"Les feux de l'Enfer" ("The Fires of Hell") is, plot-wise, one of the weakest story in the collection and revolves around a man who can see visions of the future, which he used to predict a series of "inexplicable fires" that even a police cordon was unable to prevent. However, the firebug is easily spotted and the method was more underwhelming than disappointing. You can find better treatments of the impossible fire-starter gimmick in John Russell Fearn's Flashpoint (1950) and Arthur Porges' "To Barbecue a White Elephant" and "Fire for Peace" (collected in These Daisies Told: The Casebook of Professor Ulysses Price Middlebie, 2018).

Last year, I reviewed "Le loup de Fenrir" ("The Wolf of Fenrir") together with "Le livre jaune" ("The Yellow Book") and three other, non-English detective stories in a post entitled "Murder Around the World: A Review of Five Short Detective Stories" – which, like this review, turned out to be a mixed bag of tricks. On the one hand, "The Yellow Book" was a wonderfully crafted story with an excellent variation on a locked room-trick from one of Halter's earlier novels. In comparison, "The Wolf of Fenrir" was only so-so.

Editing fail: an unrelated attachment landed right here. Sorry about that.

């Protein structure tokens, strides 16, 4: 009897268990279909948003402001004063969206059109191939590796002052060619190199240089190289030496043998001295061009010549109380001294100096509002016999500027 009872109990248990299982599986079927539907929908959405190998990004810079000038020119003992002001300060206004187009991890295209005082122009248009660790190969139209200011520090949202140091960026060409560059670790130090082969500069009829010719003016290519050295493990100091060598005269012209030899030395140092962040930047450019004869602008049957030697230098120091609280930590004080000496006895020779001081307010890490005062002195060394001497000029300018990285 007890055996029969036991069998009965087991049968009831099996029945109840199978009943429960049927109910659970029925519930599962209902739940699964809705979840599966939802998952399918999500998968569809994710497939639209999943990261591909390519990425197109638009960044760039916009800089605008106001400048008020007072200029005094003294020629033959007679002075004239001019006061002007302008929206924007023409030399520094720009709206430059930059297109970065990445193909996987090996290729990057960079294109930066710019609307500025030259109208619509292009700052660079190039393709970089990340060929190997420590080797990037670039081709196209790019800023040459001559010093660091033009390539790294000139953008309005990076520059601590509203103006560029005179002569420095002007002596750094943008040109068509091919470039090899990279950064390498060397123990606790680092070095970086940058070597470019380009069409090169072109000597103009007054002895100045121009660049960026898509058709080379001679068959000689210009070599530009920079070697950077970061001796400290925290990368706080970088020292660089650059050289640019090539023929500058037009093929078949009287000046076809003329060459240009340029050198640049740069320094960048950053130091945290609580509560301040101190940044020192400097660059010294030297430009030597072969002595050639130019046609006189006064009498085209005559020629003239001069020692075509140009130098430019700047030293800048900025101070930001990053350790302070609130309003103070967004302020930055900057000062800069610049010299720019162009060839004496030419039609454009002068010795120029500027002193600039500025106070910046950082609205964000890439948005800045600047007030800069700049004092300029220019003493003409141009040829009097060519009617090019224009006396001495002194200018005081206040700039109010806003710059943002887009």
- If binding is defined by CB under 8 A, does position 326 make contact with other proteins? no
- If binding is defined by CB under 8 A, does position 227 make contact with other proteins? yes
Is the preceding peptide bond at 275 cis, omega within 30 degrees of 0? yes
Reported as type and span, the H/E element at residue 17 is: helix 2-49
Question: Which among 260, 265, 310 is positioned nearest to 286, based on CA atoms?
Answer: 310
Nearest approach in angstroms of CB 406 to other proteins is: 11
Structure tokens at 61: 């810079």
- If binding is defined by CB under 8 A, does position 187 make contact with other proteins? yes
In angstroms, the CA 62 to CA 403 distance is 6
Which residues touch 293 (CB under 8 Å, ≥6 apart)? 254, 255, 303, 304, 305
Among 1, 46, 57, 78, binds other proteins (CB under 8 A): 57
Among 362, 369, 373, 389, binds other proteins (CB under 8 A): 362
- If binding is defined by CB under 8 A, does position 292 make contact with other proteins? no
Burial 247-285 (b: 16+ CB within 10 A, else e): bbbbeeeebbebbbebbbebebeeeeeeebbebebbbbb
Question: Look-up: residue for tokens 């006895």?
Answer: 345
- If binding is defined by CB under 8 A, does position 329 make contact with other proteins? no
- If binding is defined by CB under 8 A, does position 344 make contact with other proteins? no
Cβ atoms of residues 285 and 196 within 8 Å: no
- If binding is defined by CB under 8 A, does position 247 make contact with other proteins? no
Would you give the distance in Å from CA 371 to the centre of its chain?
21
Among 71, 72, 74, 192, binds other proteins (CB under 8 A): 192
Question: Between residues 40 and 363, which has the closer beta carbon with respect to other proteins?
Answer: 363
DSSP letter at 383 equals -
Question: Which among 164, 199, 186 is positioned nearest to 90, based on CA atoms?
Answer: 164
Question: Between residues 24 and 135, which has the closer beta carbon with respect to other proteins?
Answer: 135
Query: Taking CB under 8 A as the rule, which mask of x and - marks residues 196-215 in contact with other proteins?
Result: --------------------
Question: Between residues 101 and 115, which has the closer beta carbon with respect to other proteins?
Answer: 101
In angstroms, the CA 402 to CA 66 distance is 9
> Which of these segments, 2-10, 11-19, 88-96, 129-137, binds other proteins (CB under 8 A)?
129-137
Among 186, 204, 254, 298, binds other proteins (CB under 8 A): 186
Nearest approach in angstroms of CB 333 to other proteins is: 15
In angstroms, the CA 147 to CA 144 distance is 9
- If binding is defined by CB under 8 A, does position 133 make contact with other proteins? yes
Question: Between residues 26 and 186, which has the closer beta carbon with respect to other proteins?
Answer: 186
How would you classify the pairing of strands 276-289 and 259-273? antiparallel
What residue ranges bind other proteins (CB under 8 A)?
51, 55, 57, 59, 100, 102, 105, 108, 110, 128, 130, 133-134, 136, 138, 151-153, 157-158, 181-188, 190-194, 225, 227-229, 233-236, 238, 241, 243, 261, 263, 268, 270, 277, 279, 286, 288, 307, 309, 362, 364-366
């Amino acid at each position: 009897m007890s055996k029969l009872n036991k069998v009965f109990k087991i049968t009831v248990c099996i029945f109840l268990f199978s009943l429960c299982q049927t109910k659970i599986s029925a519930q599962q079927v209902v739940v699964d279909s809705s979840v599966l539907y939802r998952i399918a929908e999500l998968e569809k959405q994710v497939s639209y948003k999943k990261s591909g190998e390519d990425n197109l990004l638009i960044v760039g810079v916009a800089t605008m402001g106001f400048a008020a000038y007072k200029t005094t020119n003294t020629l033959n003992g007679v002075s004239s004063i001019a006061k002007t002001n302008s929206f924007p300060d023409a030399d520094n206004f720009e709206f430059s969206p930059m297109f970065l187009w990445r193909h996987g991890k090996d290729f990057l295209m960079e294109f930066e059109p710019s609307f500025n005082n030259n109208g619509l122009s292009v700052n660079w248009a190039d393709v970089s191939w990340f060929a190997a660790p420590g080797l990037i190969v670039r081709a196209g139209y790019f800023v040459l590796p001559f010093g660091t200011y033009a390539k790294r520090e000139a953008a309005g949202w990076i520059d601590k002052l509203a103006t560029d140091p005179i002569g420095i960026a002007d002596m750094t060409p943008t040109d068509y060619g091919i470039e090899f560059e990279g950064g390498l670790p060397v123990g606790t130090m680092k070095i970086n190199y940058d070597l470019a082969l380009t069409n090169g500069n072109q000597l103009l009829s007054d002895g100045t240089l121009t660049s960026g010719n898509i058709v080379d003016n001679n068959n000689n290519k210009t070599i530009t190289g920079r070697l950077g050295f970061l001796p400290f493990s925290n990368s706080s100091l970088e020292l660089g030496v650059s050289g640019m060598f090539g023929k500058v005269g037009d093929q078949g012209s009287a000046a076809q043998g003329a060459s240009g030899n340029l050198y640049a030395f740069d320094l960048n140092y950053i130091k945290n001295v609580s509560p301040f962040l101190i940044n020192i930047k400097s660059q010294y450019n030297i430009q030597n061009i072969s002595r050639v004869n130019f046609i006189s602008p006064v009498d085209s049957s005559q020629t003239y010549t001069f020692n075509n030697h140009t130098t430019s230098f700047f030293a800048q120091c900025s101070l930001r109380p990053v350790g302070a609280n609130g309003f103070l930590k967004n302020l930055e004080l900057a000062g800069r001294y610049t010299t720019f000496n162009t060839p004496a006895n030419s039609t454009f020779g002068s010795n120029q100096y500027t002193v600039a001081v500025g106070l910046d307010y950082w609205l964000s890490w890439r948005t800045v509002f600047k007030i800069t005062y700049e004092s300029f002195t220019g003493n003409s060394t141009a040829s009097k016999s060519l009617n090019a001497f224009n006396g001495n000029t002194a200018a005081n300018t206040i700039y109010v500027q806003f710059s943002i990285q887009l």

"La balle de Nausicaa" ("Nausicaa's Ball") is the only non-impossible crime story to be found in this collection and seems to be modeled after such Agatha Christie stories as Evil Under the Sun (1941), Towards Zero (1944) and "Triangle at Rhodes" (collected in Murder in the Mews and Other Stories, 1937). Dr. Alan Twist is on a much deserve holiday in Corfu, Greece, where he hopes to have a break from all the inexplicable, seemingly unsolvable murders dogging his every step, but, on his first day, bumped into a holidaying Superintendent Cullen. Soon their attention is drawn to the cast and film crew staying at their hotel. And, in particular, the eternal triangle of the group.